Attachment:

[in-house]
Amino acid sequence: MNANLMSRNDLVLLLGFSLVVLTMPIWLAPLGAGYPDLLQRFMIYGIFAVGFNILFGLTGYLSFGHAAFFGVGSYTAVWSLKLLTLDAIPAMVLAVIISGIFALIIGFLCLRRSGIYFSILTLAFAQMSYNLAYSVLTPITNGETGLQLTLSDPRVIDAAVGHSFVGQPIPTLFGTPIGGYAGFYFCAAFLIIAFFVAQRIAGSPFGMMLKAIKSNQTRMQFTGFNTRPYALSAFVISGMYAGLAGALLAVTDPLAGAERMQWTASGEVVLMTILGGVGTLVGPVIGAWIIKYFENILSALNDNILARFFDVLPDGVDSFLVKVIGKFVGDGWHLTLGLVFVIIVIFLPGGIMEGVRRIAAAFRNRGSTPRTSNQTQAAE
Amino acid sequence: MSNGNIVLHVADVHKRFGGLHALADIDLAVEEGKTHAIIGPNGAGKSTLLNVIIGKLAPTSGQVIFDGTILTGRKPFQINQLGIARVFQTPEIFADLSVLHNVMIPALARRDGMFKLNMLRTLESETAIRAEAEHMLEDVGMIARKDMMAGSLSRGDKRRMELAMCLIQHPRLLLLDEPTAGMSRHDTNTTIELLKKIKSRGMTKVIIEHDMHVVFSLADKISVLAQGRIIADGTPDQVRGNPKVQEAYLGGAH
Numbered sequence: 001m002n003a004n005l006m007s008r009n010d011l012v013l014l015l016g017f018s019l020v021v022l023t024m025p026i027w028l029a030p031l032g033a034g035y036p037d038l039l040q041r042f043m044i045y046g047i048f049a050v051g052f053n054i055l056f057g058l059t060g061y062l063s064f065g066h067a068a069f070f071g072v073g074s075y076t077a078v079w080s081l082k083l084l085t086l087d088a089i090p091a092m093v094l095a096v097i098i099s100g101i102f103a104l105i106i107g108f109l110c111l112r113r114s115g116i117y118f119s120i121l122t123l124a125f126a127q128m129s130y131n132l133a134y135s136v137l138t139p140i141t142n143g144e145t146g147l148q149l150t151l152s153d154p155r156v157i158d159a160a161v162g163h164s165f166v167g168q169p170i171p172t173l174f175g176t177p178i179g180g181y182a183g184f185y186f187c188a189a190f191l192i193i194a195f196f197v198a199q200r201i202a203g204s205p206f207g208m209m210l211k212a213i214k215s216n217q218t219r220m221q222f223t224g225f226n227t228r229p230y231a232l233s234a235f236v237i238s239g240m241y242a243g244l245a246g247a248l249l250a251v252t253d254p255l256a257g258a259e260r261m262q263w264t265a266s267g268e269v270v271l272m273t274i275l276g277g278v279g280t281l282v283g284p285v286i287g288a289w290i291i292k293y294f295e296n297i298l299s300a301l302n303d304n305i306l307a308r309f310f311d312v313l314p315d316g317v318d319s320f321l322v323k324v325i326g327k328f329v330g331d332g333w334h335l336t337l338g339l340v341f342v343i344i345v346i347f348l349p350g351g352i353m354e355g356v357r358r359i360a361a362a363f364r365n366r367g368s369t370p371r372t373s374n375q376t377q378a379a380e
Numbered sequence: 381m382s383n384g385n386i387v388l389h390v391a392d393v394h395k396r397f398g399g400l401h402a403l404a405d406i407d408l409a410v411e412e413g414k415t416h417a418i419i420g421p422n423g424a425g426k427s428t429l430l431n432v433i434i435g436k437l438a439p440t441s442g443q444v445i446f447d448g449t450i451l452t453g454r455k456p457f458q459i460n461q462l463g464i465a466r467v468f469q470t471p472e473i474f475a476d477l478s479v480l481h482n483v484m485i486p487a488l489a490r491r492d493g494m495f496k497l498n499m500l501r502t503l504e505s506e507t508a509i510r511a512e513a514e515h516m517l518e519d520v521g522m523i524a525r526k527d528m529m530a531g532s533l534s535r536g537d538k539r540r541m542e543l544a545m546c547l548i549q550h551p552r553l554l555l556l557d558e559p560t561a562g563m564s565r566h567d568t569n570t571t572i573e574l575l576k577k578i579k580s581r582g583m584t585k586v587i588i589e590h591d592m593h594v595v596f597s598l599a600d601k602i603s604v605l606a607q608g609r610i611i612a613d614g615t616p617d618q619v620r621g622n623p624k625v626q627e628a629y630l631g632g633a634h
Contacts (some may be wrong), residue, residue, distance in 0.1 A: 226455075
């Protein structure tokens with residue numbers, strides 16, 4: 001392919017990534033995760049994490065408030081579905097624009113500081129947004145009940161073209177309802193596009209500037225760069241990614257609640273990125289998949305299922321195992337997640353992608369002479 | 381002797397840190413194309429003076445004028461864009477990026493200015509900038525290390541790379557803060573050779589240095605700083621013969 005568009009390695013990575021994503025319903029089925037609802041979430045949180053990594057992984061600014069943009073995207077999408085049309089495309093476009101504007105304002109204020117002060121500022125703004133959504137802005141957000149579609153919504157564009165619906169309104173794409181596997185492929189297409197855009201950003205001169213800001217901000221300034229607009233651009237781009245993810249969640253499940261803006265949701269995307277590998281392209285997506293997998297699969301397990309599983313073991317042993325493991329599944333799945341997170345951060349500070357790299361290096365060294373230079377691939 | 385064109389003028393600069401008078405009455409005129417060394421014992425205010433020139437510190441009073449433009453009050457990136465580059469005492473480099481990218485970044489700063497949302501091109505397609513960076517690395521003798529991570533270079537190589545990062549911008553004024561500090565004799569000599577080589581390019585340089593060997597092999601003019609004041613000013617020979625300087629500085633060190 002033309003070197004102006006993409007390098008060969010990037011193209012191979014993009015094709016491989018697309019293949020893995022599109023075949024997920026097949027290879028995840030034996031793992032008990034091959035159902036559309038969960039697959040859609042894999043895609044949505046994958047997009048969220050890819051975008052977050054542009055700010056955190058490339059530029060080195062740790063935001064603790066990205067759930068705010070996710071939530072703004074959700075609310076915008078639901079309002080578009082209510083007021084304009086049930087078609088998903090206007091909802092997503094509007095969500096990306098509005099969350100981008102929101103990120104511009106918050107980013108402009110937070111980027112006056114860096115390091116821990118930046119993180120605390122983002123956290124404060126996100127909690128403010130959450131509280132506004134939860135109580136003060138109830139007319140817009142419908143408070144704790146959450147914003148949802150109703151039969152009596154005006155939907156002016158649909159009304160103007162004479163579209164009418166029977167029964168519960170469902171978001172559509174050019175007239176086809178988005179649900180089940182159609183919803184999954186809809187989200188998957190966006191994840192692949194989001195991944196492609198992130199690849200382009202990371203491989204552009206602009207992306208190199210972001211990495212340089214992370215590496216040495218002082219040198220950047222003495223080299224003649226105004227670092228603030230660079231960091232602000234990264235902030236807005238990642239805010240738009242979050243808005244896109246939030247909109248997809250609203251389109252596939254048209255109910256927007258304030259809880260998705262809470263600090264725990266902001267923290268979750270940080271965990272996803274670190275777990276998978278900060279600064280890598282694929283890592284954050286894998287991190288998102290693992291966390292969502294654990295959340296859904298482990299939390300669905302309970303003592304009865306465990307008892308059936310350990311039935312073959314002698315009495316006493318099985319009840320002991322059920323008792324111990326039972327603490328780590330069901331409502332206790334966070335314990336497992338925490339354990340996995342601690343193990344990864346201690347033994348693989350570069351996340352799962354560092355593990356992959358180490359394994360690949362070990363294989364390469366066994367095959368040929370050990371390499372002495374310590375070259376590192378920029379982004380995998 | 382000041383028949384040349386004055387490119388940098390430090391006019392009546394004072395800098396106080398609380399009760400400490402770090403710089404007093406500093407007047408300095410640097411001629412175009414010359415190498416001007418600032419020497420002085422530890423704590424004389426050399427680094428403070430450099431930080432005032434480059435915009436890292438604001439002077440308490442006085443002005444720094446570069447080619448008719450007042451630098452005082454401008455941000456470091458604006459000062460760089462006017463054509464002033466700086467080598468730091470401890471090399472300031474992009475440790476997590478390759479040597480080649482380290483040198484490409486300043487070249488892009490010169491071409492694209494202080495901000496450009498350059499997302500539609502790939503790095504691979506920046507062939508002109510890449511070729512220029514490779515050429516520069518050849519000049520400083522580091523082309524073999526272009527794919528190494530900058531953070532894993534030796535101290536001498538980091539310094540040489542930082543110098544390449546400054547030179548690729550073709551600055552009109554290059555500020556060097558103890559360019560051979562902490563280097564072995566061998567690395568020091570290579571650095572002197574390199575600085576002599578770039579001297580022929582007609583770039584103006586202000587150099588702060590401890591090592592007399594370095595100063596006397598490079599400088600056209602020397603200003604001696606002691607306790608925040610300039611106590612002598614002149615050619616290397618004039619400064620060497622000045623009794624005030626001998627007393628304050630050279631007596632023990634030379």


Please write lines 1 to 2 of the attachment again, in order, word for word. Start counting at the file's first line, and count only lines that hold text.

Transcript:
[in-house]
Amino acid sequence: MNANLMSRNDLVLLLGFSLVVLTMPIWLAPLGAGYPDLLQRFMIYGIFAVGFNILFGLTGYLSFGHAAFFGVGSYTAVWSLKLLTLDAIPAMVLAVIISGIFALIIGFLCLRRSGIYFSILTLAFAQMSYNLAYSVLTPITNGETGLQLTLSDPRVIDAAVGHSFVGQPIPTLFGTPIGGYAGFYFCAAFLIIAFFVAQRIAGSPFGMMLKAIKSNQTRMQFTGFNTRPYALSAFVISGMYAGLAGALLAVTDPLAGAERMQWTASGEVVLMTILGGVGTLVGPVIGAWIIKYFENILSALNDNILARFFDVLPDGVDSFLVKVIGKFVGDGWHLTLGLVFVIIVIFLPGGIMEGVRRIAAAFRNRGSTPRTSNQTQAAE